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Journal of Indian Association of Pediatric Surgeons
     Journal of Indian Association of Pediatric Surgeons
Official journal of the Indian Association of Pediatric Surgeons         
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Year : 2021  |  Volume : 26  |  Issue : 6  |  Page : 409-415

Congenital pulmonary airway malformation – A histomorphological spectrum of 15 cases: A 5-year study from a tertiary care center

Department of Pathology and Pediatric Surgery, Maulana Azad Medical College and Associated Hospitals, New Delhi, India

Correspondence Address:
Dr. Shramana Mandal
Department of Pathology, Maulana Azad Medical College, Room No. 57, New Delhi
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Source of Support: None, Conflict of Interest: None

DOI: 10.4103/jiaps.JIAPS_294_20

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Objective: Congenital pulmonary airway malformation (CPAM) is a rare developmental lung disease. The aim of this study is to analyze the histomorphological spectrum of CPAM in a series of 15 cases. Materials and Methods: A retrospective descriptive study of 15 cases of CPAM was carried out from 2013 to 2018 in our hospital, and cases were classified based on the Stocker's classification. Results: The age ranged from 4 days to 9 years (66.6% were infants). The left lung was most commonly involved (66.6%). The most common lobe was the left upper lobe (60%), followed by right lower lobe (20%). Grossly, cysts measured 0.2–5 cm, filled with mainly serous fluid with few having hemorrhagic and brownish mucoid secretions. On microscopy, single to multiple noncommunicating cysts of size 0.2–5 cm were seen, lined by ciliated columnar epithelium (60%), pseudostratified ciliated columnar epithelium (26.7%), mucin-secreting columnar epithelium (6.7%), and flattened epithelium (6.7%). Few cases showed smooth muscle (20%) and cartilage (13.3%) in the cyst wall. Chronic inflammation (73.3%) with dense histiocytic infiltrate (13.3%) was also seen. Emphysematous changes were also observed (13.3%). Cytomegalovirus inclusions (6.7%), zygomycete fungus (6.7%), and red hepatization (6.7%) were observed. The most common type was type II (60%), followed by type I (33.3%) and type IV (6.7%). Conclusion: Type II was the most common variant in this study. A careful observation should be done to look for fungal hyphae or viral inclusions.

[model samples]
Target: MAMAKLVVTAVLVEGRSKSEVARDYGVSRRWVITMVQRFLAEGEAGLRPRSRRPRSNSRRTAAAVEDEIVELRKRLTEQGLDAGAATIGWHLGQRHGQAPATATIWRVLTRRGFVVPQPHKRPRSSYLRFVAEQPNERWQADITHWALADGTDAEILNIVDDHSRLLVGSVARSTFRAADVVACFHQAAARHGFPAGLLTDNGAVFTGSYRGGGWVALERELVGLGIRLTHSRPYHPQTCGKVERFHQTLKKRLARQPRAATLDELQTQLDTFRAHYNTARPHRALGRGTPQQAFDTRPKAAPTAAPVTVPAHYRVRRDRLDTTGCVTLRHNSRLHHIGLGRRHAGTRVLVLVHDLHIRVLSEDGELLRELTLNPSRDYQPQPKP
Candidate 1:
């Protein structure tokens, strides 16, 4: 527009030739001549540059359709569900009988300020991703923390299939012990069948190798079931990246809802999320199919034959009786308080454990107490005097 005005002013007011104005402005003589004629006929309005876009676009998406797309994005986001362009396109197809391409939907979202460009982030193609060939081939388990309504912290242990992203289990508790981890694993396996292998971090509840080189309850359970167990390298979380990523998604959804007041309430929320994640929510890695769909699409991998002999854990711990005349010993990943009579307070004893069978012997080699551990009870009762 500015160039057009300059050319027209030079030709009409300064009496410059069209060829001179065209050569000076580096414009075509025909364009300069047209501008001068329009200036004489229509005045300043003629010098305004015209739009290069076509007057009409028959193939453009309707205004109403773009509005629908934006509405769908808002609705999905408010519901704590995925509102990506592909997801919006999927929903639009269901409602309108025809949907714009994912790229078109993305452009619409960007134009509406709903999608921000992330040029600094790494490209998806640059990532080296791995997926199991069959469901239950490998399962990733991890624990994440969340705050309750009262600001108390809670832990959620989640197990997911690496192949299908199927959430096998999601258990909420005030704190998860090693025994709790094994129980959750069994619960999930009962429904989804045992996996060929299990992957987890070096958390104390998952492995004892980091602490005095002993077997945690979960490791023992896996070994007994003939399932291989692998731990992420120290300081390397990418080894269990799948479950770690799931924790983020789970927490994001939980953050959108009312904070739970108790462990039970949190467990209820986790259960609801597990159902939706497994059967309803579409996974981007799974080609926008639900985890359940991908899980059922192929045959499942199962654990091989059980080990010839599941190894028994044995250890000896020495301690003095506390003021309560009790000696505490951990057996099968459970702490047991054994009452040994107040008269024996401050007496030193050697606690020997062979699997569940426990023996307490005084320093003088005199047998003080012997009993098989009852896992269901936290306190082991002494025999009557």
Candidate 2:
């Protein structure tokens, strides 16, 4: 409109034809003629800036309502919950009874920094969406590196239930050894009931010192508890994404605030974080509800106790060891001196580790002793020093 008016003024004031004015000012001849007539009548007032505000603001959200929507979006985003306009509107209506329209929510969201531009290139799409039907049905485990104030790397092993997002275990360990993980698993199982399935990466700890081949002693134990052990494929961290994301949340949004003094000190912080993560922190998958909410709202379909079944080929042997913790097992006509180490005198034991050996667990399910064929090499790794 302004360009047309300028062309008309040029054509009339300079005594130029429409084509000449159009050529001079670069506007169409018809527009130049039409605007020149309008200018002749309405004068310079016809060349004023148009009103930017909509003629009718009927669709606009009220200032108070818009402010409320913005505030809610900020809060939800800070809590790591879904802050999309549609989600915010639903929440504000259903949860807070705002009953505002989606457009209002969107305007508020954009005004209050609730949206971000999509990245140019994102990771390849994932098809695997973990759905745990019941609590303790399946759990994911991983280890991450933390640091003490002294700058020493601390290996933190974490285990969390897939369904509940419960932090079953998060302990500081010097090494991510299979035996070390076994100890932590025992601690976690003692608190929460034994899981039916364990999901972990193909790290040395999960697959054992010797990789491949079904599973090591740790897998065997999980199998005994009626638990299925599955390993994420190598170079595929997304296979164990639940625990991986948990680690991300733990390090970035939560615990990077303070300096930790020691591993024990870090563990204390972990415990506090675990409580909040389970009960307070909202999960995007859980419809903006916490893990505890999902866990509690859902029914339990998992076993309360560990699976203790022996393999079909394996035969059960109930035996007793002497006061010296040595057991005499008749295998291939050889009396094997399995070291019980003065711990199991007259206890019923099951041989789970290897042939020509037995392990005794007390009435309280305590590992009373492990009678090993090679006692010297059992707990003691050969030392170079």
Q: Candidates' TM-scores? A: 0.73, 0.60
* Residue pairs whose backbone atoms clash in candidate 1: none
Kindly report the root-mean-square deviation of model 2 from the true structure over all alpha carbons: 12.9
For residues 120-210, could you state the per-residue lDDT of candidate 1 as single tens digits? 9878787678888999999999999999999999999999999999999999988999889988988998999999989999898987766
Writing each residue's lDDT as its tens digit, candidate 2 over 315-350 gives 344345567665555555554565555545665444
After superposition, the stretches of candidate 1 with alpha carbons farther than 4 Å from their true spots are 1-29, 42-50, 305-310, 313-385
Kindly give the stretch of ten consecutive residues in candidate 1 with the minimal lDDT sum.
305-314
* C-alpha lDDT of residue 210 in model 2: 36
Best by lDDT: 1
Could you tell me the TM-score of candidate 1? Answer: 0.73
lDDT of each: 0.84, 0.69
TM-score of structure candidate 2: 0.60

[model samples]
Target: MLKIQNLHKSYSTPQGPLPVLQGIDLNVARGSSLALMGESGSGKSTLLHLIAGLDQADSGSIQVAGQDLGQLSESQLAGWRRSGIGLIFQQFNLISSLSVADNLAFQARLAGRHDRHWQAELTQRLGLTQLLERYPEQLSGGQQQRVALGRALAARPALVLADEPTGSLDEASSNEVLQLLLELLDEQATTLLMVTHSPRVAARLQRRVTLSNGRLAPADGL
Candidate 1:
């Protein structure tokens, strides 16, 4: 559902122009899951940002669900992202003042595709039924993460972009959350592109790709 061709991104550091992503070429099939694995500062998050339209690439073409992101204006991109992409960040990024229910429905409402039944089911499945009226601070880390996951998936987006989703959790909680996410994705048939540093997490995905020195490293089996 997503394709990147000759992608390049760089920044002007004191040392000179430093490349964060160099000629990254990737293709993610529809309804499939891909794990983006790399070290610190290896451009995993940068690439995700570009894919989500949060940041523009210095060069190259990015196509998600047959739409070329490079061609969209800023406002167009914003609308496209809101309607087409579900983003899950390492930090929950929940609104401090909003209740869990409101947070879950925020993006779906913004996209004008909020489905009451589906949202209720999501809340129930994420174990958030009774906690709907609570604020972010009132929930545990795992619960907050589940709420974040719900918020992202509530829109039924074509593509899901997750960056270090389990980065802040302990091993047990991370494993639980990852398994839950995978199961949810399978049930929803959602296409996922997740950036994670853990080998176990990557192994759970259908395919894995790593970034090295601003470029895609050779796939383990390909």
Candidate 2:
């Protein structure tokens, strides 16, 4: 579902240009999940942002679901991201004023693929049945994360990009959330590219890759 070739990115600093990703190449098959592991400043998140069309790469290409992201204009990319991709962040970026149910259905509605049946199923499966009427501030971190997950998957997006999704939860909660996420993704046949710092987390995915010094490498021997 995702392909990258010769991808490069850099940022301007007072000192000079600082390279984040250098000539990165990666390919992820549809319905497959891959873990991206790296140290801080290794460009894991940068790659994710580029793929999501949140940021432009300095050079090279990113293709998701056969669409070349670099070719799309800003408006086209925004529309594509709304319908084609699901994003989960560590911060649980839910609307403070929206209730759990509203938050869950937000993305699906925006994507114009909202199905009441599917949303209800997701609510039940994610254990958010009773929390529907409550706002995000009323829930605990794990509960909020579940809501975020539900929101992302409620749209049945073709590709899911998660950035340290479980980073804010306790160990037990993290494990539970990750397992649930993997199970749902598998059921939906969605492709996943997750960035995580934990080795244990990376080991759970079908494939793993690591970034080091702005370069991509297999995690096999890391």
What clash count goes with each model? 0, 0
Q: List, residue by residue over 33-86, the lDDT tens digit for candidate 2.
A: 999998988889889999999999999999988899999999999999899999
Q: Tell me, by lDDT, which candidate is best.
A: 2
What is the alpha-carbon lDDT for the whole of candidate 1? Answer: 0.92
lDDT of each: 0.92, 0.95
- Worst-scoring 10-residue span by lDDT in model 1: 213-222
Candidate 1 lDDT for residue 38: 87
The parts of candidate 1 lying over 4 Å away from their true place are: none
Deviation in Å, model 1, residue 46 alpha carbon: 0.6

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  2005 - Journal of Indian Association of Pediatric Surgeons | Published by Wolters Kluwer - Medknow 

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